Noisy disc spinner - Marantz 63MKII KI special edition

SAC

Member
2007-02-15 12:43 pm
London
Want to sell this player, but with a noisy disc spinner I fear I will have trouble. I have barely used it since I bought it new years ago!

Anyone know why it makes a constant hiss when the disc is spinning? Having taken off the lid and put my ear to it and pressed on parts, I would say it is not the disc itself touching any surfaces, but something within the motor mechanism.

Perhaps oiling may remedy this?

Could this website list be relevant?
http://www.repairfaq.org/REPAIR/F_cdfaq4.html#CDFAQ_025
7.1.23) Repetitive noise at disc rotation rate.
Possible causes:

1. Dirty, scratched, or defective (possibly warped) disc.
2. Dirty or damaged objective lens, suspension, obstruction, etc.
3. Loose spindle or foreign material on spindle table.
4. Disc not firmly clamped.
5. Bent spindle.
6. Excessive spindle runout due to worn bearing.
7. Need for servo alignment.
8. Weak laser or other component in optical pickup.
 
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Mooly

Administrator
Paid Member
2007-09-15 8:14 am
Hiss (white noise) is caused by the focus coil in the pickup acting like a speaker. Its something many players do and can be caused by the focus gain adjustment being set to high in the servo but I think the Marantz uses the CDM12.1 ? or 12.4 pickup which as far as I know doesn't have a user adjustable setting in the servo circuitry.

Its nothing to worry over.
 

SAC

Member
2007-02-15 12:43 pm
London
Hi Mooly,

Sounds plausible, and having taken the loading mechanism out I cannot see anything adjustable so it may be as you say.

Indeed the player works, but it is noisy enough that it distracts from music played. It can be heard from quite far away. I doubt I can sell it like this:(

P.S. Just to be clear, the player did not do this previously.
 
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Be careful to use oil or grease that's safe with plastic, and particularly with polystyrene. Most greases, and mineral oil, attack many plastics.

Did the hissing start suddenly? With a machine that's rarely used I suppose it's hard to say. Was there ever a time when it hissed, but not as much as it does now?

Is the hiss constant? Or is it related to rotation speed, or to other particular circumstances? Does it hiss immediately when it starts to spin, or only when it reaches playing speed?

Do you have a service manual? Does the machine have a test mode, entered by pressing a combination of keys at power-up? That may allow you to step through the mech's functions to find out at what point the hissing starts, and from that deduce which function is responsible.

New mechs are widely available but quality seems to vary a lot. There's plenty of more lowly machines with the same mech going for not much money.
 

SAC

Member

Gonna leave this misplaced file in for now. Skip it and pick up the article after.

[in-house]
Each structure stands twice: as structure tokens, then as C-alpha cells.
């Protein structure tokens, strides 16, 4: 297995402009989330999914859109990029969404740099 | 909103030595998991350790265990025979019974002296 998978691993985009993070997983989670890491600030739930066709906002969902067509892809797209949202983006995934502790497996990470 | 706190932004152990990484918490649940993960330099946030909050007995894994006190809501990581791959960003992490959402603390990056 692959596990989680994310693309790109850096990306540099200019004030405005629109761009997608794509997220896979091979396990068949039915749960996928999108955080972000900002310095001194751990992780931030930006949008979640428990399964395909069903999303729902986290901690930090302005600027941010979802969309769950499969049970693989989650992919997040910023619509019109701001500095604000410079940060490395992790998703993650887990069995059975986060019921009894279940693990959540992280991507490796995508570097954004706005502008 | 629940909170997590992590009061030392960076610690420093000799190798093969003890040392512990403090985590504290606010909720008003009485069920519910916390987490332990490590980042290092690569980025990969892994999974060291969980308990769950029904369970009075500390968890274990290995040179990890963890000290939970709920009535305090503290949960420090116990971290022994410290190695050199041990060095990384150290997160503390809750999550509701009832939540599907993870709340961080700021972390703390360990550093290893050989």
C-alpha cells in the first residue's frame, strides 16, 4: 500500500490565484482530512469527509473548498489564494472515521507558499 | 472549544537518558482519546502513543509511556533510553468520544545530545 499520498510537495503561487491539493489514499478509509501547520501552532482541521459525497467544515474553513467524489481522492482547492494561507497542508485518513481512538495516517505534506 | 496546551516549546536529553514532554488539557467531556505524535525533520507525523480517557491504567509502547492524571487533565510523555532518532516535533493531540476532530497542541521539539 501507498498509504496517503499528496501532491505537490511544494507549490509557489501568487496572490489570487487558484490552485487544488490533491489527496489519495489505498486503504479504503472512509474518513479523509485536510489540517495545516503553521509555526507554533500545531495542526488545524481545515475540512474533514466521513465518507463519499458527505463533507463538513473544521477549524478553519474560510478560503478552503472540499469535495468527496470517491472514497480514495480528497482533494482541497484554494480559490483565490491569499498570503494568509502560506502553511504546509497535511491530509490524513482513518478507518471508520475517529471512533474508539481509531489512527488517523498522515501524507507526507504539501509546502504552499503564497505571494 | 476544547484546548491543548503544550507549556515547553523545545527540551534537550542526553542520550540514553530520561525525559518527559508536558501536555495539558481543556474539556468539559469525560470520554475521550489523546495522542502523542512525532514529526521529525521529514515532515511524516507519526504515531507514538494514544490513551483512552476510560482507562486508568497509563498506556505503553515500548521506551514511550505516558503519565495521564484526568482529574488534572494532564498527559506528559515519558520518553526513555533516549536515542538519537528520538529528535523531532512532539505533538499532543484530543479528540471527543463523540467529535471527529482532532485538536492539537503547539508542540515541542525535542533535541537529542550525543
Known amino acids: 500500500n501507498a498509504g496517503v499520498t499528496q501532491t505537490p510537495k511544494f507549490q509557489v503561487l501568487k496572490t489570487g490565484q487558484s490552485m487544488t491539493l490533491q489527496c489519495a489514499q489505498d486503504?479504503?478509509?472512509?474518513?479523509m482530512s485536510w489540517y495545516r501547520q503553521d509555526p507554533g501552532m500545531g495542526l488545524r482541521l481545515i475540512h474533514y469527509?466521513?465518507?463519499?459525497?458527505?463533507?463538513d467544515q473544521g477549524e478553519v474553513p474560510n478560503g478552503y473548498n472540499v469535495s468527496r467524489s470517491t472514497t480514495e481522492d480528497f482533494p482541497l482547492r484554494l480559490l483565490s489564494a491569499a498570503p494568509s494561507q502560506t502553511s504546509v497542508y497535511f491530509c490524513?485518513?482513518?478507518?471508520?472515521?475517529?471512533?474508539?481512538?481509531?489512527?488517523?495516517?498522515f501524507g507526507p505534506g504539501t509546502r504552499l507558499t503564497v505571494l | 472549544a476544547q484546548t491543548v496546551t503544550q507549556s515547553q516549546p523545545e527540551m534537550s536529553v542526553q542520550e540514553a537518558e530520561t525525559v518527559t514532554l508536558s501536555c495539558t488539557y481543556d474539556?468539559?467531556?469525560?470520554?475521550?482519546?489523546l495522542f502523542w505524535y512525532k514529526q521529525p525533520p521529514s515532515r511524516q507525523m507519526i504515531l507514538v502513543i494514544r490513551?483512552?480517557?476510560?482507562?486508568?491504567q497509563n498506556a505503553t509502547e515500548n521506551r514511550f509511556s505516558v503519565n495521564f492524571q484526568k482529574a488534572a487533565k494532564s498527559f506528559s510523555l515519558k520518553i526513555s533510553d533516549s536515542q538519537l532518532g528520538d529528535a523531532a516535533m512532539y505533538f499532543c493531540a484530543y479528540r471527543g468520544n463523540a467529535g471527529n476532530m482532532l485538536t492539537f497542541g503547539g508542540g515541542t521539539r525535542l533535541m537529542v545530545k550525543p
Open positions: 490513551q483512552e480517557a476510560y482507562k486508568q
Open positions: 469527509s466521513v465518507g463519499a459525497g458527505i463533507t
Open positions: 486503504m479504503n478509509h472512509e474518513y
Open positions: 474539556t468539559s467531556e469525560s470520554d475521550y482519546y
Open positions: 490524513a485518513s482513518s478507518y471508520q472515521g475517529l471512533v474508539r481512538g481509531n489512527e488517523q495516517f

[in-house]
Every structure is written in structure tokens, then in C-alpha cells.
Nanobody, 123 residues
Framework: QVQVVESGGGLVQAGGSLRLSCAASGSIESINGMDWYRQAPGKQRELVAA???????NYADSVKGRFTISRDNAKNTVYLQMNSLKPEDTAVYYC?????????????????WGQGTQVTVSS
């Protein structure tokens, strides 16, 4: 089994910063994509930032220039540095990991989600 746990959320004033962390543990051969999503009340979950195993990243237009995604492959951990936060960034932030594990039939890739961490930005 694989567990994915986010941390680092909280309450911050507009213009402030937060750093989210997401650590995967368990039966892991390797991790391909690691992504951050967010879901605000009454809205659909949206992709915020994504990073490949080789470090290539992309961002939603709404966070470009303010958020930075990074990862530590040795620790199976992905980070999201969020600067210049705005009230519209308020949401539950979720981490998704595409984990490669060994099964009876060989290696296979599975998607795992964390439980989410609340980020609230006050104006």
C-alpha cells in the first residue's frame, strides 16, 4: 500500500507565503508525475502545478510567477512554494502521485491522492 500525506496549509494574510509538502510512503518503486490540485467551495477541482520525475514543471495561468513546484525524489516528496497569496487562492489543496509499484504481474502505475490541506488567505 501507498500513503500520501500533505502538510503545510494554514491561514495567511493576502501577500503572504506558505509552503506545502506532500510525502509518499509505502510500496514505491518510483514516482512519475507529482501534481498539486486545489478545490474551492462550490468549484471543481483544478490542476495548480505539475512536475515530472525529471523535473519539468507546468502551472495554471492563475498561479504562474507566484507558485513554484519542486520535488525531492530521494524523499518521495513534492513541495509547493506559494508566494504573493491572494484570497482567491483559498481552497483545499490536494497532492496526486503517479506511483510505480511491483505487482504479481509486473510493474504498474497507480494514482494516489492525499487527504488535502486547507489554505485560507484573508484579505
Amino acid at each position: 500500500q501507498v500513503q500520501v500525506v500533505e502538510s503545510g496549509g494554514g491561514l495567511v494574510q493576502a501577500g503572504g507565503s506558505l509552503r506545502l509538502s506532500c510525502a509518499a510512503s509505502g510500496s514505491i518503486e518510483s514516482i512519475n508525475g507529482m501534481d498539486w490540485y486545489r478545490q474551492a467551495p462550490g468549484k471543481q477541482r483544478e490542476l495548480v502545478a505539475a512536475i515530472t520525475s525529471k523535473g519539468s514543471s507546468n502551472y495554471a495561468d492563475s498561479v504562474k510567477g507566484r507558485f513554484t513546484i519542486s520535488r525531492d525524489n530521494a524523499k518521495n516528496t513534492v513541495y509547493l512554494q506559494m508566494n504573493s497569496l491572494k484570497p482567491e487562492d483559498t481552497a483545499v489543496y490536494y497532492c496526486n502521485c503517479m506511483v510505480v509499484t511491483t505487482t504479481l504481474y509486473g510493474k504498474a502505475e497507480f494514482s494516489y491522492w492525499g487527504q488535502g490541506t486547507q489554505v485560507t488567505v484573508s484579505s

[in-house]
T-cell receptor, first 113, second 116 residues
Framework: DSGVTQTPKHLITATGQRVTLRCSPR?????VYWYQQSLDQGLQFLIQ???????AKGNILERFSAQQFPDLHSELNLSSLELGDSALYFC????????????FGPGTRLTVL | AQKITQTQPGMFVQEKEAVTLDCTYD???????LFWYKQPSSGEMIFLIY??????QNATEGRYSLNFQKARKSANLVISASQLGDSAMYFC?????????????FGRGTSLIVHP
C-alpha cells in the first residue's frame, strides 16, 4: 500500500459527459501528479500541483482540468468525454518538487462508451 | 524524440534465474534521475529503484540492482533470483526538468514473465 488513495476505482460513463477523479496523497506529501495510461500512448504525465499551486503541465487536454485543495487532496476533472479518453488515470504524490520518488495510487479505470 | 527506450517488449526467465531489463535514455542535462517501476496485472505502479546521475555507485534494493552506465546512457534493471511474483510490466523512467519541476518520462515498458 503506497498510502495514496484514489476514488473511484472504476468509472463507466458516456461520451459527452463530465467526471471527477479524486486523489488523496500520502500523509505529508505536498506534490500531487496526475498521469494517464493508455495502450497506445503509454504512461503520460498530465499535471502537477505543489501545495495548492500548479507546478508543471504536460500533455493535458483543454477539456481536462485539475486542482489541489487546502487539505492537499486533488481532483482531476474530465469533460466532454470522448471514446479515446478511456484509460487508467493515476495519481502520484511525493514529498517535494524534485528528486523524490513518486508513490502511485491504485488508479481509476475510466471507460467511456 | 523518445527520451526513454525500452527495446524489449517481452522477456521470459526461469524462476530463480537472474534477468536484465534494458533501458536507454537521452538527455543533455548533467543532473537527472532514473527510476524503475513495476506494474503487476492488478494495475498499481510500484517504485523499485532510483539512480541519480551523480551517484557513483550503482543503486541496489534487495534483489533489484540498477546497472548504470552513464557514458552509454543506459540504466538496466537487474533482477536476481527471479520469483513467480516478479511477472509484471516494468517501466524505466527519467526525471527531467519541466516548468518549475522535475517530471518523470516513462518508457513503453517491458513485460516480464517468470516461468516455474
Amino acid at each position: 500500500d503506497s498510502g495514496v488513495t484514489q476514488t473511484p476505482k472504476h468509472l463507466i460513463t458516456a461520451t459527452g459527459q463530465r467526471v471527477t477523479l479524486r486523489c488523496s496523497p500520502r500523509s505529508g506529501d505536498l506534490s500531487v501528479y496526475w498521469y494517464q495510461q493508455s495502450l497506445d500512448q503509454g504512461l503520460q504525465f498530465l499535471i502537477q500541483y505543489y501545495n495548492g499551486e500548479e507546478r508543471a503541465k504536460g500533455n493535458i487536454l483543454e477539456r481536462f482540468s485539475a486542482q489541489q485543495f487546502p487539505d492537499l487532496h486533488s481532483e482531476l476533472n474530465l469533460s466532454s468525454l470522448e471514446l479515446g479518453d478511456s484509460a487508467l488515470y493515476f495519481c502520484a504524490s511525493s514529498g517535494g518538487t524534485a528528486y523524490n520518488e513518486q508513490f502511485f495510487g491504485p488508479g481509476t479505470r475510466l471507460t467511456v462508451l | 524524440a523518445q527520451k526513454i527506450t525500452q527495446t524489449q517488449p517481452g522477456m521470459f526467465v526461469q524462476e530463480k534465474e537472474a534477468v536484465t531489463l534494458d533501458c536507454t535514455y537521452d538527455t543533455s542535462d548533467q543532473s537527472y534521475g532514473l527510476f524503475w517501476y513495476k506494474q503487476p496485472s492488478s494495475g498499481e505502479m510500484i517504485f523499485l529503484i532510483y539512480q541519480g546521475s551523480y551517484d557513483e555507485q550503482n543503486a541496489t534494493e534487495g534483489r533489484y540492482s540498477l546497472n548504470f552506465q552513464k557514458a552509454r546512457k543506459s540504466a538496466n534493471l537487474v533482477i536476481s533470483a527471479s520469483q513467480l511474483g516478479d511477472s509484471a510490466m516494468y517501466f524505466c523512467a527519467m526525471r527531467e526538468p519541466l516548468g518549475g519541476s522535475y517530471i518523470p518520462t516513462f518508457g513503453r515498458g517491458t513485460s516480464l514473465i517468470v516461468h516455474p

2007-02-15 12:43 pm
London
Hi, the user manual says nothing useful. Found a service manual on the web but that said nothing relevant either.

The noise is almost instant, and it gets to top spinning speed almost instantly. Nothing grates when I spin things with my finger. Moolys' idea sounds good to me therefore.

I think installing a new tray would be the best solution. I saw one on the web for not much money that I think is suitable.

P.S. The noise is indeed constant and started I think suddenly. I only pull this player out every so often for comparison purposes when I upgrade my system.
 
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Mooly

Administrator
Paid Member
2007-09-15 8:14 am
I think you'll find its "just the way it is" and a different pickup may or may not be audibly different. It can be audible across a room when no music is playing. You can see if the noise changes with CDR vs ordinary CD's but there is still little you can do.
 

Mooly

Administrator
Paid Member
2007-09-15 8:14 am
The focus servo is all the electronics on the main PCB that drive the focus coil in the laser pickup. I generally refer to the mechanism as everything minus the pickup so, no, a new mech will not fix it. A new pickup may be different/better/worse.
 
Looking at the manual for a plain cd63, there is a service mode, but it doesn't offer the option of running the disk motor without the focus engaged...sensible, considering otherwise it won't know how fast it's spinning.

To reassure yourself that the simple mechanics of the drive to the disk are not responsible, switch the machine off while the disk is spinning.

What you do depends on your motivation and attitude to risk. These machines don't seem to have a generic problem of intolerable hissing. As Mooly says, the chances are that the electronics are OK, so it might be solved by another mech.

If you simply wish to sell it, then describe the fault and offer it as is. If it seems an easy fix you may find it still gets a reasonable price.
 

SAC

Member
2007-02-15 12:43 pm
London
To reassure yourself that the simple mechanics of the drive to the disk are not responsible, switch the machine off while the disk is spinning.

Gave it a go, the noise stops instantly upon powering off even though the disc keeps spinning at the same speed. So, Moolys' suggestion still stands it seems to me.

If I cannot get good money for it I'd rather cannabalise that nice copper plated case for a future project. Good cases are not cheap after all.